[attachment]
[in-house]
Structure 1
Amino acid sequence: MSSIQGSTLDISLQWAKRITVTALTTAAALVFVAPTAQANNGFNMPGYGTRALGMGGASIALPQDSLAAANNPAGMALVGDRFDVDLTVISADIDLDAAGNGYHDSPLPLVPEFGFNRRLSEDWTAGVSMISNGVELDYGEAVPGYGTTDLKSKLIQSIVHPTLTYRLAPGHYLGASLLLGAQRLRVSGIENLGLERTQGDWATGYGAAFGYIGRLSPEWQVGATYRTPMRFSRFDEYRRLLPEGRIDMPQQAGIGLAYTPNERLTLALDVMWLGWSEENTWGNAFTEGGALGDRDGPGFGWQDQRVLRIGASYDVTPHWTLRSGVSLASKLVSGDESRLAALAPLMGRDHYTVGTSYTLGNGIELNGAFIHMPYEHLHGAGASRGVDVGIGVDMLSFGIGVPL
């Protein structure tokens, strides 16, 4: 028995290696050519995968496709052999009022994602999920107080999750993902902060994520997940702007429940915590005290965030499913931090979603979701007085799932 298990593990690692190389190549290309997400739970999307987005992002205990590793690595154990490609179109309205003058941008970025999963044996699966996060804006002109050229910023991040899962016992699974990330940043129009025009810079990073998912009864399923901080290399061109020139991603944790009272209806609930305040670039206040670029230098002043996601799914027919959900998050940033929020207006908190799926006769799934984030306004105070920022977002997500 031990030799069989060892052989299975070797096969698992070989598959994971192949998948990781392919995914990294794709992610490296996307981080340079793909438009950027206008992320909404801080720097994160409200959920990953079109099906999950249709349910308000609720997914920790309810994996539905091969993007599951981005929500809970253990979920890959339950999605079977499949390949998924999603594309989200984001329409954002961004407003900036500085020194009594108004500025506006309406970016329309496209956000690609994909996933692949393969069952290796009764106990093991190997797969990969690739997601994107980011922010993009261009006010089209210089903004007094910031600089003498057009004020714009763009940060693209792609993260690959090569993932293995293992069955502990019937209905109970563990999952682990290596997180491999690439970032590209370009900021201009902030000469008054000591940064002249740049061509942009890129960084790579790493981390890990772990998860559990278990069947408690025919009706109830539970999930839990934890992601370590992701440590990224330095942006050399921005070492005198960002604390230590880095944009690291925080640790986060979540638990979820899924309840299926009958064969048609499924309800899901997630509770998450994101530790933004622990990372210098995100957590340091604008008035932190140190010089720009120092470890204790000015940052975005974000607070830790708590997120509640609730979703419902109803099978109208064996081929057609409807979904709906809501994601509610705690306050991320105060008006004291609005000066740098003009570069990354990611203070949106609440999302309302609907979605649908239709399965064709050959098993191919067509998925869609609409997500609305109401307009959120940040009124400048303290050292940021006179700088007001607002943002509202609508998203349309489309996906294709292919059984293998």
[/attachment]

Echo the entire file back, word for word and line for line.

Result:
[in-house]
Structure 1
Amino acid sequence: MSSIQGSTLDISLQWAKRITVTALTTAAALVFVAPTAQANNGFNMPGYGTRALGMGGASIALPQDSLAAANNPAGMALVGDRFDVDLTVISADIDLDAAGNGYHDSPLPLVPEFGFNRRLSEDWTAGVSMISNGVELDYGEAVPGYGTTDLKSKLIQSIVHPTLTYRLAPGHYLGASLLLGAQRLRVSGIENLGLERTQGDWATGYGAAFGYIGRLSPEWQVGATYRTPMRFSRFDEYRRLLPEGRIDMPQQAGIGLAYTPNERLTLALDVMWLGWSEENTWGNAFTEGGALGDRDGPGFGWQDQRVLRIGASYDVTPHWTLRSGVSLASKLVSGDESRLAALAPLMGRDHYTVGTSYTLGNGIELNGAFIHMPYEHLHGAGASRGVDVGIGVDMLSFGIGVPL
């Protein structure tokens, strides 16, 4: 028995290696050519995968496709052999009022994602999920107080999750993902902060994520997940702007429940915590005290965030499913931090979603979701007085799932 298990593990690692190389190549290309997400739970999307987005992002205990590793690595154990490609179109309205003058941008970025999963044996699966996060804006002109050229910023991040899962016992699974990330940043129009025009810079990073998912009864399923901080290399061109020139991603944790009272209806609930305040670039206040670029230098002043996601799914027919959900998050940033929020207006908190799926006769799934984030306004105070920022977002997500 031990030799069989060892052989299975070797096969698992070989598959994971192949998948990781392919995914990294794709992610490296996307981080340079793909438009950027206008992320909404801080720097994160409200959920990953079109099906999950249709349910308000609720997914920790309810994996539905091969993007599951981005929500809970253990979920890959339950999605079977499949390949998924999603594309989200984001329409954002961004407003900036500085020194009594108004500025506006309406970016329309496209956000690609994909996933692949393969069952290796009764106990093991190997797969990969690739997601994107980011922010993009261009006010089209210089903004007094910031600089003498057009004020714009763009940060693209792609993260690959090569993932293995293992069955502990019937209905109970563990999952682990290596997180491999690439970032590209370009900021201009902030000469008054000591940064002249740049061509942009890129960084790579790493981390890990772990998860559990278990069947408690025919009706109830539970999930839990934890992601370590992701440590990224330095942006050399921005070492005198960002604390230590880095944009690291925080640790986060979540638990979820899924309840299926009958064969048609499924309800899901997630509770998450994101530790933004622990990372210098995100957590340091604008008035932190140190010089720009120092470890204790000015940052975005974000607070830790708590997120509640609730979703419902109803099978109208064996081929057609409807979904709906809501994601509610705690306050991320105060008006004291609005000066740098003009570069990354990611203070949106609440999302309302609907979605649908239709399965064709050959098993191919067509998925869609609409997500609305109401307009959120940040009124400048303290050292940021006179700088007001607002943002509202609508998203349309489309996906294709292919059984293998």